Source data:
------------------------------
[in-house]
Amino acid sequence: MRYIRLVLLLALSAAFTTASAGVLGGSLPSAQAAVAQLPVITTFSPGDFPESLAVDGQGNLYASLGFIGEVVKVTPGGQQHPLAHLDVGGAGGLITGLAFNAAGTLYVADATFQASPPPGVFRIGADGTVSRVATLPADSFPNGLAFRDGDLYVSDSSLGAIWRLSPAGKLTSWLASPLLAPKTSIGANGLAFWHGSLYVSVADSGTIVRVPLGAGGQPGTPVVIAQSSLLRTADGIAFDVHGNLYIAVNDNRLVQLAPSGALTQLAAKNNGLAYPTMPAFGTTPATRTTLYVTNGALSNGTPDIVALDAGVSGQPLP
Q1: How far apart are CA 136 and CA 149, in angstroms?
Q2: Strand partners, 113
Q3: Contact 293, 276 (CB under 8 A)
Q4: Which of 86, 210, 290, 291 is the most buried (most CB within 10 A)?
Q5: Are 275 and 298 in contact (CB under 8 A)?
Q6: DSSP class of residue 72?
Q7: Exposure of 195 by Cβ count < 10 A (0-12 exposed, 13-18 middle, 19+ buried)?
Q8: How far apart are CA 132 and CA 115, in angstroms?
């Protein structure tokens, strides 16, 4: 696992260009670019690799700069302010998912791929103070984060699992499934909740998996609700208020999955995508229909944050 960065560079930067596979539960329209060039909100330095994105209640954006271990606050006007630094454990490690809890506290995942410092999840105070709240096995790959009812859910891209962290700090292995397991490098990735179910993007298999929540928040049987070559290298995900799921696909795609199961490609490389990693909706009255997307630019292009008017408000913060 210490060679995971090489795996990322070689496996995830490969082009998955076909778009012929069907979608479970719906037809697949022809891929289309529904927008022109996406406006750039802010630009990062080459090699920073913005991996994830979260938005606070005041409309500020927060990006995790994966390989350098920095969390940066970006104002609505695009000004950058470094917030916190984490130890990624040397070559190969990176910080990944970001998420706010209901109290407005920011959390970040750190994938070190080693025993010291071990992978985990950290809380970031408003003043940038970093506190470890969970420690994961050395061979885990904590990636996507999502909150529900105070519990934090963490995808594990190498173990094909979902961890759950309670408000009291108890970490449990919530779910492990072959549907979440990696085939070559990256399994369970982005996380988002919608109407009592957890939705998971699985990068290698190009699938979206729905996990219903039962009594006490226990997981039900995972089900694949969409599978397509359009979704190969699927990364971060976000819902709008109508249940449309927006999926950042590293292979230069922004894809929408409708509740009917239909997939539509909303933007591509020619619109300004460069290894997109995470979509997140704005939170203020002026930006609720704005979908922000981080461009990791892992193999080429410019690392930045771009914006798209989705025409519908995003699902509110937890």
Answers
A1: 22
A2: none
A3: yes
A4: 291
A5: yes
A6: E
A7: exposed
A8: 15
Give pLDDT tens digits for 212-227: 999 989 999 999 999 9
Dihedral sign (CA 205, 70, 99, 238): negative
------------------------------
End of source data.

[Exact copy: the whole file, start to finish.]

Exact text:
[in-house]
Amino acid sequence: MRYIRLVLLLALSAAFTTASAGVLGGSLPSAQAAVAQLPVITTFSPGDFPESLAVDGQGNLYASLGFIGEVVKVTPGGQQHPLAHLDVGGAGGLITGLAFNAAGTLYVADATFQASPPPGVFRIGADGTVSRVATLPADSFPNGLAFRDGDLYVSDSSLGAIWRLSPAGKLTSWLASPLLAPKTSIGANGLAFWHGSLYVSVADSGTIVRVPLGAGGQPGTPVVIAQSSLLRTADGIAFDVHGNLYIAVNDNRLVQLAPSGALTQLAAKNNGLAYPTMPAFGTTPATRTTLYVTNGALSNGTPDIVALDAGVSGQPLP
Q1: How far apart are CA 136 and CA 149, in angstroms?
Q2: Strand partners, 113
Q3: Contact 293, 276 (CB under 8 A)
Q4: Which of 86, 210, 290, 291 is the most buried (most CB within 10 A)?
Q5: Are 275 and 298 in contact (CB under 8 A)?
Q6: DSSP class of residue 72?
Q7: Exposure of 195 by Cβ count < 10 A (0-12 exposed, 13-18 middle, 19+ buried)?
Q8: How far apart are CA 132 and CA 115, in angstroms?
């Protein structure tokens, strides 16, 4: 696992260009670019690799700069302010998912791929103070984060699992499934909740998996609700208020999955995508229909944050 960065560079930067596979539960329209060039909100330095994105209640954006271990606050006007630094454990490690809890506290995942410092999840105070709240096995790959009812859910891209962290700090292995397991490098990735179910993007298999929540928040049987070559290298995900799921696909795609199961490609490389990693909706009255997307630019292009008017408000913060 210490060679995971090489795996990322070689496996995830490969082009998955076909778009012929069907979608479970719906037809697949022809891929289309529904927008022109996406406006750039802010630009990062080459090699920073913005991996994830979260938005606070005041409309500020927060990006995790994966390989350098920095969390940066970006104002609505695009000004950058470094917030916190984490130890990624040397070559190969990176910080990944970001998420706010209901109290407005920011959390970040750190994938070190080693025993010291071990992978985990950290809380970031408003003043940038970093506190470890969970420690994961050395061979885990904590990636996507999502909150529900105070519990934090963490995808594990190498173990094909979902961890759950309670408000009291108890970490449990919530779910492990072959549907979440990696085939070559990256399994369970982005996380988002919608109407009592957890939705998971699985990068290698190009699938979206729905996990219903039962009594006490226990997981039900995972089900694949969409599978397509359009979704190969699927990364971060976000819902709008109508249940449309927006999926950042590293292979230069922004894809929408409708509740009917239909997939539509909303933007591509020619619109300004460069290894997109995470979509997140704005939170203020002026930006609720704005979908922000981080461009990791892992193999080429410019690392930045771009914006798209989705025409519908995003699902509110937890």
Answers
A1: 22
A2: none
A3: yes
A4: 291
A5: yes
A6: E
A7: exposed
A8: 15
Give pLDDT tens digits for 212-227: 999 989 999 999 999 9
Dihedral sign (CA 205, 70, 99, 238): negative